In the case of trees that yield yellow leaves, ever present are carotenoids and carotene. These form the yellow tints that lie beneath the green and emerge as all yellow, orange or gold in the fall. In the case of red leaves, this ideal weather produces anthocyanin tinctures. They produce radiant reds, magenta and sometimes purple leaves.

How moist the soil is as it relates to the temperatures can produce a spectacular color array or one that's dull and flat. Ideally, if the preceding spring produced a good deal of rain and summer weather was "normal," neither too hot, nor too cold, not too wet, nor too dry, the best autumn colors are produced.

A summer drought will likely delay peak foliage. Too much summer rain can have a similar effect. In other words, if everything is not in optimum balance, the colors can be delayed and when the leaves change color, they appear muted.


In early autumn, in response to the shortening days and declining intensity of sunlight, trees begin the processes leading up to their baldness (no PC emails; I'm follicly challenged myself). The veins that carry fluids into and out of the leaf gradually close off as a layer of cells forms at the base of each leaf. These clogged veins trap sugars in the leaf and promote production of anthocyanins. Once this separation layer is complete and the connecting tissues are sealed off, the leaf is ready to fall.

As autumn begins to yield to winter, the colors fade and the stems binding leaf to tree branch begin to weaken. Before long, the leaves are literally hanging by threads--the tiny arteries that brought them water and glucose during the summer. Fall's winds, leaf pickers, wild animals, almost anything that brushes up against them snap them off the tree.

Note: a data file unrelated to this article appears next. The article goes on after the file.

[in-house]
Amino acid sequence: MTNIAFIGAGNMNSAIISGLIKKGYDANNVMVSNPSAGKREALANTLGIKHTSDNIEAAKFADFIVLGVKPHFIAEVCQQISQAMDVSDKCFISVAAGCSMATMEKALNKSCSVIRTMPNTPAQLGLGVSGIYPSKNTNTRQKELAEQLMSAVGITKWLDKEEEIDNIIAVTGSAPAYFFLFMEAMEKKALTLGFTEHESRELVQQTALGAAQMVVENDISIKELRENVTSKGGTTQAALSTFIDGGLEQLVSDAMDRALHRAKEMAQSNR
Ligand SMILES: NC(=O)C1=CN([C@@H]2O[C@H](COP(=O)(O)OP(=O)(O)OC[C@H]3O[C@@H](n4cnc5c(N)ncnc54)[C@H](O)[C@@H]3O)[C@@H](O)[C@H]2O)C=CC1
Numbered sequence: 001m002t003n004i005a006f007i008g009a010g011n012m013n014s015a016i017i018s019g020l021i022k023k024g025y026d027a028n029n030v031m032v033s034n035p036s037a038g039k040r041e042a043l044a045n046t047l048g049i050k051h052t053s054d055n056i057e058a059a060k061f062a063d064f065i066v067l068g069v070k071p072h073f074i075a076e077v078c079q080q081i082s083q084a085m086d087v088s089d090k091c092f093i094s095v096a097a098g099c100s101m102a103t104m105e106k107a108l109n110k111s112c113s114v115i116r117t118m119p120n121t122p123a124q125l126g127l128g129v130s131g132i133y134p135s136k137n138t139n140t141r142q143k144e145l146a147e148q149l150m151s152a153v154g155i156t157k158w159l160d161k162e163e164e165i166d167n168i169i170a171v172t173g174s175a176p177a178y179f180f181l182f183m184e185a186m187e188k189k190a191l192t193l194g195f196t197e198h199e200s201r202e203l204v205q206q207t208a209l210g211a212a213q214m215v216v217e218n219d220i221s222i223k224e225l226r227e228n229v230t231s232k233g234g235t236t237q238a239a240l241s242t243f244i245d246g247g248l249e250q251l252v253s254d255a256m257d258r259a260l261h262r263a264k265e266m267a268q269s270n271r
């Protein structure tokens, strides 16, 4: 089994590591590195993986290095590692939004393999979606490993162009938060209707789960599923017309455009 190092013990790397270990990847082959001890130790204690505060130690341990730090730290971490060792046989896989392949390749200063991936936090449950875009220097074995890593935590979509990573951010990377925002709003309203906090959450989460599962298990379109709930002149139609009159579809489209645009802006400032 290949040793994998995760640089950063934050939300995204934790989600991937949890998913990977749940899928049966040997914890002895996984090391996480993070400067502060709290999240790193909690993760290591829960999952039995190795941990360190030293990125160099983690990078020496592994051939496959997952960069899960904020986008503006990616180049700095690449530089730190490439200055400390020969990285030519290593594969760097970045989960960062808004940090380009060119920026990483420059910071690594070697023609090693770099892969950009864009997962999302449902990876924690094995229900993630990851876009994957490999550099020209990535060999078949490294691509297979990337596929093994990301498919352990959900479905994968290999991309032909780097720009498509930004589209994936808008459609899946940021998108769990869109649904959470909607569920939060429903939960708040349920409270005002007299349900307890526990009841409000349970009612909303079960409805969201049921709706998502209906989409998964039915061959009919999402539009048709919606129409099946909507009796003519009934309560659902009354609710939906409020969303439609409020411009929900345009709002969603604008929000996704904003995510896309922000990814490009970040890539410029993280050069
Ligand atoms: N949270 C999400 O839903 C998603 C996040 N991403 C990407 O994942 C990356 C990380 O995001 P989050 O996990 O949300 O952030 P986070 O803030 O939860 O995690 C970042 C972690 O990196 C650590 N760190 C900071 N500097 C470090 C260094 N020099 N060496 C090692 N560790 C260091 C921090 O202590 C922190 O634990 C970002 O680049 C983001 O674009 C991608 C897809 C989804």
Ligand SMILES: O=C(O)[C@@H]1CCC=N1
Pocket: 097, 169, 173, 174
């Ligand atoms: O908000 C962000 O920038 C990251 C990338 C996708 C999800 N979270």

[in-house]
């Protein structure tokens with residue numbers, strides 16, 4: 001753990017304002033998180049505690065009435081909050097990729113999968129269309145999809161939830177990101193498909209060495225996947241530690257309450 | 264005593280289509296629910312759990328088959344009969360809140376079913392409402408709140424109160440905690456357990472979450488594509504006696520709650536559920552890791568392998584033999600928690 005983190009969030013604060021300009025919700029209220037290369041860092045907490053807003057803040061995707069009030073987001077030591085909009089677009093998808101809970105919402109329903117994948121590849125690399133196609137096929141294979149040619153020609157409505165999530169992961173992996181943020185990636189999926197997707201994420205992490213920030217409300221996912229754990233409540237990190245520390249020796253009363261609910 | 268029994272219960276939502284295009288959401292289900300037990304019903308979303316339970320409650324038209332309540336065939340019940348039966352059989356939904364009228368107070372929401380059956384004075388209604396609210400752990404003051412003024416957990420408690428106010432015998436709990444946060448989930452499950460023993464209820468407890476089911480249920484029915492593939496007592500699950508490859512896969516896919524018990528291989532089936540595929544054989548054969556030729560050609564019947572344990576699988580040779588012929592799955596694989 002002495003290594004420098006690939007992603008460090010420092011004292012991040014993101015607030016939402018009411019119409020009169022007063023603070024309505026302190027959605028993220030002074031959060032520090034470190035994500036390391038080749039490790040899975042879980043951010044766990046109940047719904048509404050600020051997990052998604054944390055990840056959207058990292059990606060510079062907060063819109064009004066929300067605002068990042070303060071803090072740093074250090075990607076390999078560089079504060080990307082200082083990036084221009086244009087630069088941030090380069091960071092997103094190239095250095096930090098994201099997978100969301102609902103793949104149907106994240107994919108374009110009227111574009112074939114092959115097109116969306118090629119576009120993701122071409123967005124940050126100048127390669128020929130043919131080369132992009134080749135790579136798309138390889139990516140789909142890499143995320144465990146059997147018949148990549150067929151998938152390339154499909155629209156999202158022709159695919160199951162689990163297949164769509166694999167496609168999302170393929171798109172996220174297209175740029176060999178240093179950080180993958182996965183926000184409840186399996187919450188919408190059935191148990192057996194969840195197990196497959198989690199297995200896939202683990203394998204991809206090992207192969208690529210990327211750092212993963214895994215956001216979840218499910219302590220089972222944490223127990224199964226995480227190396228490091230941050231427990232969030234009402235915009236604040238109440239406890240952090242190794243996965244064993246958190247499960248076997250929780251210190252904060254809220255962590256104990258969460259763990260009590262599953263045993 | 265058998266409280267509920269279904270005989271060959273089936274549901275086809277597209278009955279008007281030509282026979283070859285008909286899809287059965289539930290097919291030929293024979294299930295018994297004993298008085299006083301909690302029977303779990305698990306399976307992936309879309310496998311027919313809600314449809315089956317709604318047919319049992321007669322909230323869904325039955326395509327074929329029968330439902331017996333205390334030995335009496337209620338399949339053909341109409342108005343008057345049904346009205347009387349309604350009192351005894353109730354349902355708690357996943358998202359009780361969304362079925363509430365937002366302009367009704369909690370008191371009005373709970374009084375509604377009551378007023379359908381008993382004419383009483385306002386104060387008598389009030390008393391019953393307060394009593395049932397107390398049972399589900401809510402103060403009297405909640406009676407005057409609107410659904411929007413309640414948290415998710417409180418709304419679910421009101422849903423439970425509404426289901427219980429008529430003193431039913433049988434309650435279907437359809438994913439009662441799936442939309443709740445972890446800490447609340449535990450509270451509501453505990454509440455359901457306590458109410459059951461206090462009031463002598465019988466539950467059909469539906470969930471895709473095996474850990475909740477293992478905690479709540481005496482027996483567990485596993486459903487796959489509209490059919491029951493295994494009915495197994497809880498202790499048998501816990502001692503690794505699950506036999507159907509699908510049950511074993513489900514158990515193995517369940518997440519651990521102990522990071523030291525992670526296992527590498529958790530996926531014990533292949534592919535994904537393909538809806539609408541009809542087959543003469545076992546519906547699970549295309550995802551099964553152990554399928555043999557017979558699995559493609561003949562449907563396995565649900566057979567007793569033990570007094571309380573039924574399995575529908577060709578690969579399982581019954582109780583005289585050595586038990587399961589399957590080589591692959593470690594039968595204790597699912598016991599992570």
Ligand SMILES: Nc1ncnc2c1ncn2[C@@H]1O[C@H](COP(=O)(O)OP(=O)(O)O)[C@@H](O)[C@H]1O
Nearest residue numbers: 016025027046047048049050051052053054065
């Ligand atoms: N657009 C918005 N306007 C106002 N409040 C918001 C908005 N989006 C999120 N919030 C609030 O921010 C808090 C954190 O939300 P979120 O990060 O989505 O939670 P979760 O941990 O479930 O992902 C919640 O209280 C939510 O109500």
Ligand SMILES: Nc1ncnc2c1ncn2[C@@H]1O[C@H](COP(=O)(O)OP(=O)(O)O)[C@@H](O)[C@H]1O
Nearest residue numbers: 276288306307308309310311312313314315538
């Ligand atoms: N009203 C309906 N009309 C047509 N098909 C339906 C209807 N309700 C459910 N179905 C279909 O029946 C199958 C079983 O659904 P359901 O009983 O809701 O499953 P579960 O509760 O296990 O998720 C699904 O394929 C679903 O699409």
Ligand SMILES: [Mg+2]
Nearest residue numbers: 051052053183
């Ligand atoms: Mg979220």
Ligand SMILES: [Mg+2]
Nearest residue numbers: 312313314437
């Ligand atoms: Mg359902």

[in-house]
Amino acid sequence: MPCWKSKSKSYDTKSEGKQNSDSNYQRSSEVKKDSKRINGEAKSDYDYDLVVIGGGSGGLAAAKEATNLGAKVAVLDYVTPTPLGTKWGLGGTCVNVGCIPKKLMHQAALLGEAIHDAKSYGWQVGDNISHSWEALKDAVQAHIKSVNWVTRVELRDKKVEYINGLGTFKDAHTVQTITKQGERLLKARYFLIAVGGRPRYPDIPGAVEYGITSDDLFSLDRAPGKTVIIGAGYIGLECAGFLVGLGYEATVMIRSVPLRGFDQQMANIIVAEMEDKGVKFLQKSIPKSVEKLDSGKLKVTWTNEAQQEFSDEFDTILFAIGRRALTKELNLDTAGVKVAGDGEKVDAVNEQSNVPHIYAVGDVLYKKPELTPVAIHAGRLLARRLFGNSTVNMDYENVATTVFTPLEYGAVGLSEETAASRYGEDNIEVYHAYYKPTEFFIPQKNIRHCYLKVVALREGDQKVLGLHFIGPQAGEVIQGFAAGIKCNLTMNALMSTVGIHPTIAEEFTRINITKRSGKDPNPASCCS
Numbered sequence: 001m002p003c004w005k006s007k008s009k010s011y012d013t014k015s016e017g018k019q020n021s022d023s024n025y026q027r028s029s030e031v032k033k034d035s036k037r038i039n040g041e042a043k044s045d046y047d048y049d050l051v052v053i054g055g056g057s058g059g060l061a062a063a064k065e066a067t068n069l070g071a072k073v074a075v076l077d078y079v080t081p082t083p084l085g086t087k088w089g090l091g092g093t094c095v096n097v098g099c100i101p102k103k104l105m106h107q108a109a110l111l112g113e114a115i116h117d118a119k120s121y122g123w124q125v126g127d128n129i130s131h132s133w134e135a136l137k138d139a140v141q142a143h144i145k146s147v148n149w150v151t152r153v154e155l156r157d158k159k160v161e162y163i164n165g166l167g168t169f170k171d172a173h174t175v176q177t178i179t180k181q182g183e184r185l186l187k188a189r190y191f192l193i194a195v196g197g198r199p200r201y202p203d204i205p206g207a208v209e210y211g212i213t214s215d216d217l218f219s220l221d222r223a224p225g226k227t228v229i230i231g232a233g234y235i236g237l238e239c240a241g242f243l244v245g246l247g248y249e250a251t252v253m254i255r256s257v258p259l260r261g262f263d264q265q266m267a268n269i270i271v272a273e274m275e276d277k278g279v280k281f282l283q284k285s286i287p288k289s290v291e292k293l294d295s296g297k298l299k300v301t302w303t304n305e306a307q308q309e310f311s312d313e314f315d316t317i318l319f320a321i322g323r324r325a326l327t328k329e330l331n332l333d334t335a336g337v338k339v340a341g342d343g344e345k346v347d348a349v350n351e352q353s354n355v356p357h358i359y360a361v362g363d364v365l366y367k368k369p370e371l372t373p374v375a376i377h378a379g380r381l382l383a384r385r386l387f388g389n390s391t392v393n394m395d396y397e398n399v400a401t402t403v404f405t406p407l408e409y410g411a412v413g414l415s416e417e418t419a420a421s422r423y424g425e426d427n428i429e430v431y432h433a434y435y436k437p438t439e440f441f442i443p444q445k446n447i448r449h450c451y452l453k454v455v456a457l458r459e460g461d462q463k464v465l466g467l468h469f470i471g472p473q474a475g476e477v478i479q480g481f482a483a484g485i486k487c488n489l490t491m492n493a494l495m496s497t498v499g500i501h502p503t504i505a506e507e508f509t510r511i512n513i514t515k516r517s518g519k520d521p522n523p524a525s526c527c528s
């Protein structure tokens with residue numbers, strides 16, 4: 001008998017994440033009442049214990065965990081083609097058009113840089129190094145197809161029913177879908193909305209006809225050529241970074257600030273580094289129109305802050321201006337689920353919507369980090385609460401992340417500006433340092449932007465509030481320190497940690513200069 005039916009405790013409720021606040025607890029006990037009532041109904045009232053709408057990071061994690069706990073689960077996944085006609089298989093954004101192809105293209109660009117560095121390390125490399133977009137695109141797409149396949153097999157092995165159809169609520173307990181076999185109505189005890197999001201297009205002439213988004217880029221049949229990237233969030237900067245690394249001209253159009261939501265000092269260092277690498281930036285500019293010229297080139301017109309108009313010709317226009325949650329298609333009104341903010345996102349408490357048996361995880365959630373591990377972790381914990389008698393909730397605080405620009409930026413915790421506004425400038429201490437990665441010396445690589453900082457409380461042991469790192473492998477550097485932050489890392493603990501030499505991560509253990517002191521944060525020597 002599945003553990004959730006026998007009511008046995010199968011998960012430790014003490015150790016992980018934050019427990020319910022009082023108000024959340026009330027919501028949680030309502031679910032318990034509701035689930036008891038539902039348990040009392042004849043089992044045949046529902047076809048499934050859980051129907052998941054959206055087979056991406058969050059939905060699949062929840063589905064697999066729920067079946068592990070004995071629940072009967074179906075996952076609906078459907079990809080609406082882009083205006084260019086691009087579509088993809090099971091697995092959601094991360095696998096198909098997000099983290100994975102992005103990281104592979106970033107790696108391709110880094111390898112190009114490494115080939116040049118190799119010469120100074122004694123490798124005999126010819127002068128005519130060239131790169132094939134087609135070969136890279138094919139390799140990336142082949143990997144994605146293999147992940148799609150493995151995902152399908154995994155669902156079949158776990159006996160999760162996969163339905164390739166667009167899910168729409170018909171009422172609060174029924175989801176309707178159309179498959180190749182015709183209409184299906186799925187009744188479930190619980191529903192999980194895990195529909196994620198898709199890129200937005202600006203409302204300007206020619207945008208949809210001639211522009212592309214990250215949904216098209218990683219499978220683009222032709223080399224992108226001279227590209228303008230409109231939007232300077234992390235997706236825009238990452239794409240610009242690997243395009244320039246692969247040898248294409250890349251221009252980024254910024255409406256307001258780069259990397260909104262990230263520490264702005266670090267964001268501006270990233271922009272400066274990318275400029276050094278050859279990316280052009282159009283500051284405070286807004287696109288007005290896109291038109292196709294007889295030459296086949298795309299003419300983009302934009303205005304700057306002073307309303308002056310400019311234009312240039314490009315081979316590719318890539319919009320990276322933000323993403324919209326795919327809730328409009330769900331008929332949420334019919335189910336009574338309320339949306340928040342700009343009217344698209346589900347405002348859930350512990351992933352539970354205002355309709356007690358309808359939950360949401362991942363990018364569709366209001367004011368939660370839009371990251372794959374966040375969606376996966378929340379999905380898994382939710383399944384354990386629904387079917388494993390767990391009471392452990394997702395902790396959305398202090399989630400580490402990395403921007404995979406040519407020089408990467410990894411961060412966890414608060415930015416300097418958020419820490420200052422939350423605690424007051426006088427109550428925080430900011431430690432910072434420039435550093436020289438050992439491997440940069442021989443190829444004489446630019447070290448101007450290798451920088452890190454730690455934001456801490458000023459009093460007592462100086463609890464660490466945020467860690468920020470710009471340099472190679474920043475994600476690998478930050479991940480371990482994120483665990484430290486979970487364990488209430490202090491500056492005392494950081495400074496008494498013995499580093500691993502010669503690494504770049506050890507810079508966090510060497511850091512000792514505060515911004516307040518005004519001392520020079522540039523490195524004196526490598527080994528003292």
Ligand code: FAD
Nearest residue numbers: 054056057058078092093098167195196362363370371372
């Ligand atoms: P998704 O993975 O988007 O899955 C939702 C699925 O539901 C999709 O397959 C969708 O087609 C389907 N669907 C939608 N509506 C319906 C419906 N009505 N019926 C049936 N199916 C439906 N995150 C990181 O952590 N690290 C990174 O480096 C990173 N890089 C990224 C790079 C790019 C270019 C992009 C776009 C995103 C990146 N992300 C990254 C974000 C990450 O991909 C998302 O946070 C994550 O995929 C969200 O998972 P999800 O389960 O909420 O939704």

Fortunately, the colors remain after the leaves have dropped, but only for a day or so, so if you want to collect and press them, you can take them off the trees yourself, or if you see one you really like on the ground, you can collect that and press it, but do it quickly. Once they dry out, they get very fragile and break easily.

Eventually, all of the leaves are rendered brown by the presence of tannin; it's the same substance that gives tea leaves their brown color after they're harvested.

We have very carefully selected and picked from red-leaf-colored trees the highest quality red leaves we can find and my wife has mastered the art of folding them into what appears to be a rose.


While summer is the busiest tourist season in some New England states, fall is a very close second. There's nothing quite like this time of year, nor is there any end to the ways you can view the powerfully colored canopy.

In the other segments of the NewEnglandTimes.Com Fall Foliage Section, we'll tell you where to find the best tour routes, show off some of our fall photos, help you decide when to come on up to chase the peak, where to stay and provide you with a range of attractions. You'll find something of interest in each and every one.


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QuickStart Guide